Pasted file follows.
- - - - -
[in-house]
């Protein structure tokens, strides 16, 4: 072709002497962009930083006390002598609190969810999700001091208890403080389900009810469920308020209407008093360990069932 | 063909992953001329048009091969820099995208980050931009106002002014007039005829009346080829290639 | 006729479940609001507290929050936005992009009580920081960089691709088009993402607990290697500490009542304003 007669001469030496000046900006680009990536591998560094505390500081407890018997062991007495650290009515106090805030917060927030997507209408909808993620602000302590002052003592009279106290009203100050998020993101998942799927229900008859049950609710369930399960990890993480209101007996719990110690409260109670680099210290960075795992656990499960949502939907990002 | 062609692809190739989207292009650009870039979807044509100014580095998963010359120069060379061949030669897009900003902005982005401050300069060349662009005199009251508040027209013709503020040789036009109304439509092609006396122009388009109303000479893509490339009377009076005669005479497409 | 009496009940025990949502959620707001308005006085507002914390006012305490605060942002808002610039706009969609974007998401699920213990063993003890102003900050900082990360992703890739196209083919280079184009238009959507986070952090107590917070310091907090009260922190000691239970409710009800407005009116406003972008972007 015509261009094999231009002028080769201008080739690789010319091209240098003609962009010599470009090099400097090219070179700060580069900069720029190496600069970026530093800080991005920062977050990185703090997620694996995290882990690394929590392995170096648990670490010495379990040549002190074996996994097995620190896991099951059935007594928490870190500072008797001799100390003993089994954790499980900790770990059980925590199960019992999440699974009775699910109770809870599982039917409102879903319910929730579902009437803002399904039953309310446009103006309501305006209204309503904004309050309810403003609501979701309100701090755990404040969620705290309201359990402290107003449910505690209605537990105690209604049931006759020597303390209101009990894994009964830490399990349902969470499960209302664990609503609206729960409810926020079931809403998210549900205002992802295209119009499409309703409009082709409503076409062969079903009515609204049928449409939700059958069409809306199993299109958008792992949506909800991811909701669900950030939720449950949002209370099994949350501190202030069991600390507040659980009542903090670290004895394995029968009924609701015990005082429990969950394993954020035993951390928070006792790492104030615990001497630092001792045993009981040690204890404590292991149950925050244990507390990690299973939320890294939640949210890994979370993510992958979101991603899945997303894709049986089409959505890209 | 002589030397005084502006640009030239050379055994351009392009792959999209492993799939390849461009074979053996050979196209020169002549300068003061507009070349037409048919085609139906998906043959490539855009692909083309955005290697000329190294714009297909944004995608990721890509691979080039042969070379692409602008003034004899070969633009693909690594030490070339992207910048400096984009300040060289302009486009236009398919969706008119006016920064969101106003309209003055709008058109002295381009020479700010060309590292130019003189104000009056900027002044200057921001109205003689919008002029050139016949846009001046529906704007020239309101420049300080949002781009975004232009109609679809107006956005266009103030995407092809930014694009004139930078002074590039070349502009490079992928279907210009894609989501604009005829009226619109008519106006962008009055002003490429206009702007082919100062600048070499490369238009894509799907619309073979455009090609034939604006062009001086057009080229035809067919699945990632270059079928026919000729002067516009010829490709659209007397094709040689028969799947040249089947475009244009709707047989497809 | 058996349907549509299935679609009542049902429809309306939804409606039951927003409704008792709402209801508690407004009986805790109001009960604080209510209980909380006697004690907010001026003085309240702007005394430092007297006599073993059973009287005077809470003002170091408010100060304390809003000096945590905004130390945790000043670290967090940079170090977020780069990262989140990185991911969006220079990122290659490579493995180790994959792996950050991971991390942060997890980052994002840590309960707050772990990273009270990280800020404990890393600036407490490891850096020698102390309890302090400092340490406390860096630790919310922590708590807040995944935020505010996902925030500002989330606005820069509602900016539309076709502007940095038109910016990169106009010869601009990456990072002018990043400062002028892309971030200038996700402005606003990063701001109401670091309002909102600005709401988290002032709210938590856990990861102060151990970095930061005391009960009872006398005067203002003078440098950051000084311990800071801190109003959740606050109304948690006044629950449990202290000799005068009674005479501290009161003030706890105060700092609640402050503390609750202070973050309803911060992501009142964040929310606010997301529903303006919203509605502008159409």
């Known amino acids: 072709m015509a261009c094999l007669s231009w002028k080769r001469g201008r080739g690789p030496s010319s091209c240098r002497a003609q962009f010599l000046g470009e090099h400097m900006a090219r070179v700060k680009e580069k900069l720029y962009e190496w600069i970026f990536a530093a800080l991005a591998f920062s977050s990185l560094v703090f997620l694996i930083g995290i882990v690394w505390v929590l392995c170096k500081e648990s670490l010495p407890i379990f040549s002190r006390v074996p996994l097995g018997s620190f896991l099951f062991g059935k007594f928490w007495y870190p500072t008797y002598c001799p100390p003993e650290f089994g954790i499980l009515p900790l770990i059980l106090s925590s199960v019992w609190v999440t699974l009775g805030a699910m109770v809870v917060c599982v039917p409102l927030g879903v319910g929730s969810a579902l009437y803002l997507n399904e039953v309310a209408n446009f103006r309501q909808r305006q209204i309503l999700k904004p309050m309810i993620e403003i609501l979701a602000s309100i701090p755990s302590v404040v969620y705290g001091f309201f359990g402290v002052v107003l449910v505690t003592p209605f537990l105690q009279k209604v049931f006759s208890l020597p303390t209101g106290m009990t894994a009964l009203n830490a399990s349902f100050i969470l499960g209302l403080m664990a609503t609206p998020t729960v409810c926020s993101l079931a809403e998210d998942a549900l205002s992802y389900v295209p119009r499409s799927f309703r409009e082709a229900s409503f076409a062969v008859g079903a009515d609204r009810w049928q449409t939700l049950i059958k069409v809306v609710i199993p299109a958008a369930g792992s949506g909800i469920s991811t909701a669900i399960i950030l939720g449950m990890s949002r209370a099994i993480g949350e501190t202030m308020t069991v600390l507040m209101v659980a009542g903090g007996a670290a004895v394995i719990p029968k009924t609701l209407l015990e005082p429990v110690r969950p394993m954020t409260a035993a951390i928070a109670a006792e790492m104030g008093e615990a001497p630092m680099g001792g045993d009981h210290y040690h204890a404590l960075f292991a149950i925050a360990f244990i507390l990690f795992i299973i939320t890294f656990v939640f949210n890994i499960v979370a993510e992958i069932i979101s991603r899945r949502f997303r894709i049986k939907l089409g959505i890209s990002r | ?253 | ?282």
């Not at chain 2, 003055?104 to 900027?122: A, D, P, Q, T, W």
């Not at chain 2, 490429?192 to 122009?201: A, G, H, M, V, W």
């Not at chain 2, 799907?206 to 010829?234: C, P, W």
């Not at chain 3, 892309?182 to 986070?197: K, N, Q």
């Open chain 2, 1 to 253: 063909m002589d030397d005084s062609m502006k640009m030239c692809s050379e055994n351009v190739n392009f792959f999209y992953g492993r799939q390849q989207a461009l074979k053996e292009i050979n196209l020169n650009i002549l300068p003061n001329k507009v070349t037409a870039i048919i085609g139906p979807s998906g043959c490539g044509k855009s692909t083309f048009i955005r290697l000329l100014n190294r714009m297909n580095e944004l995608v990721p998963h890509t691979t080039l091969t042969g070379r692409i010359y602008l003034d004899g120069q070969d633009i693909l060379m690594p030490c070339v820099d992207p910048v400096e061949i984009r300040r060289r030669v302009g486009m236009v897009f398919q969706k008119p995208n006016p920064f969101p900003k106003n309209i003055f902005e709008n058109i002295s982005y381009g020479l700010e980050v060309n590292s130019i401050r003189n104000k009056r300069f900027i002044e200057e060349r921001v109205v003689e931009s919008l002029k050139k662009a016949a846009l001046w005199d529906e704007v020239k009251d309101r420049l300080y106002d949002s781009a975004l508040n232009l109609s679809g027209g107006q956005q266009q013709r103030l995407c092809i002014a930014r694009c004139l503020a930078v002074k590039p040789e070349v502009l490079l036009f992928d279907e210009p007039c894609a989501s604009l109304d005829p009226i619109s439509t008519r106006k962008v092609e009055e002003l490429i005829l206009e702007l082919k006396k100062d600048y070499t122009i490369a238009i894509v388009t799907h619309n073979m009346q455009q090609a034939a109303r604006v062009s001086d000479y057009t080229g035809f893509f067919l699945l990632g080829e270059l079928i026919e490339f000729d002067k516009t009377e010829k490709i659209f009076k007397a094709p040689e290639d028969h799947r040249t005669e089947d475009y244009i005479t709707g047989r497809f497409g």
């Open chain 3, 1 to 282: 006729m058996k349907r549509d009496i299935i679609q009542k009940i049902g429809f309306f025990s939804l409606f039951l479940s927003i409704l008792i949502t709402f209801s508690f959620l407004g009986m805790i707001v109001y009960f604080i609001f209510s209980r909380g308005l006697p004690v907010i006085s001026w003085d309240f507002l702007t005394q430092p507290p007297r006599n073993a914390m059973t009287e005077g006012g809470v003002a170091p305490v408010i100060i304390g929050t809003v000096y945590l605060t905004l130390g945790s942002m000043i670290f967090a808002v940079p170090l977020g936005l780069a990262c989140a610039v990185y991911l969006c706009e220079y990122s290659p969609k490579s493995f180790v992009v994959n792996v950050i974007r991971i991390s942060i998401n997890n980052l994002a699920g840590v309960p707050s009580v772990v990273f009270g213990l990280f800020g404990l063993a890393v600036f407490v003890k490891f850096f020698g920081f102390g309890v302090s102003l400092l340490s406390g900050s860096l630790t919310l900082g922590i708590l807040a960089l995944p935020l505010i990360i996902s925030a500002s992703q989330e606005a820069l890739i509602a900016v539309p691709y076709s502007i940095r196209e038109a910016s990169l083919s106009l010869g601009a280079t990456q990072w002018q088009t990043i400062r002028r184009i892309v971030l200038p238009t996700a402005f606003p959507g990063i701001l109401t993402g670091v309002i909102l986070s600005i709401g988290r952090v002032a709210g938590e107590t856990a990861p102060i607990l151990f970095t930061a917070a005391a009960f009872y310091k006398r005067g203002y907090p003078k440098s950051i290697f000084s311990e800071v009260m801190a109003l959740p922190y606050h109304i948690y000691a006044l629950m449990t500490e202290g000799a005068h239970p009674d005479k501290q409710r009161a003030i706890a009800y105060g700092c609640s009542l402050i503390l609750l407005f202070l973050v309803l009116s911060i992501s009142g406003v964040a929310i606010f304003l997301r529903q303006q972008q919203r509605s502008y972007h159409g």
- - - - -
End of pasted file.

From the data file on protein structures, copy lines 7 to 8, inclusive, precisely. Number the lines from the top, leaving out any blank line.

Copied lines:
């Not at chain 3, 892309?182 to 986070?197: K, N, Q």
């Open chain 2, 1 to 253: 063909m002589d030397d005084s062609m502006k640009m030239c692809s050379e055994n351009v190739n392009f792959f999209y992953g492993r799939q390849q989207a461009l074979k053996e292009i050979n196209l020169n650009i002549l300068p003061n001329k507009v070349t037409a870039i048919i085609g139906p979807s998906g043959c490539g044509k855009s692909t083309f048009i955005r290697l000329l100014n190294r714009m297909n580095e944004l995608v990721p998963h890509t691979t080039l091969t042969g070379r692409i010359y602008l003034d004899g120069q070969d633009i693909l060379m690594p030490c070339v820099d992207p910048v400096e061949i984009r300040r060289r030669v302009g486009m236009v897009f398919q969706k008119p995208n006016p920064f969101p900003k106003n309209i003055f902005e709008n058109i002295s982005y381009g020479l700010e980050v060309n590292s130019i401050r003189n104000k009056r300069f900027i002044e200057e060349r921001v109205v003689e931009s919008l002029k050139k662009a016949a846009l001046w005199d529906e704007v020239k009251d309101r420049l300080y106002d949002s781009a975004l508040n232009l109609s679809g027209g107006q956005q266009q013709r103030l995407c092809i002014a930014r694009c004139l503020a930078v002074k590039p040789e070349v502009l490079l036009f992928d279907e210009p007039c894609a989501s604009l109304d005829p009226i619109s439509t008519r106006k962008v092609e009055e002003l490429i005829l206009e702007l082919k006396k100062d600048y070499t122009i490369a238009i894509v388009t799907h619309n073979m009346q455009q090609a034939a109303r604006v062009s001086d000479y057009t080229g035809f893509f067919l699945l990632g080829e270059l079928i026919e490339f000729d002067k516009t009377e010829k490709i659209f009076k007397a094709p040689e290639d028969h799947r040249t005669e089947d475009y244009i005479t709707g047989r497809f497409g």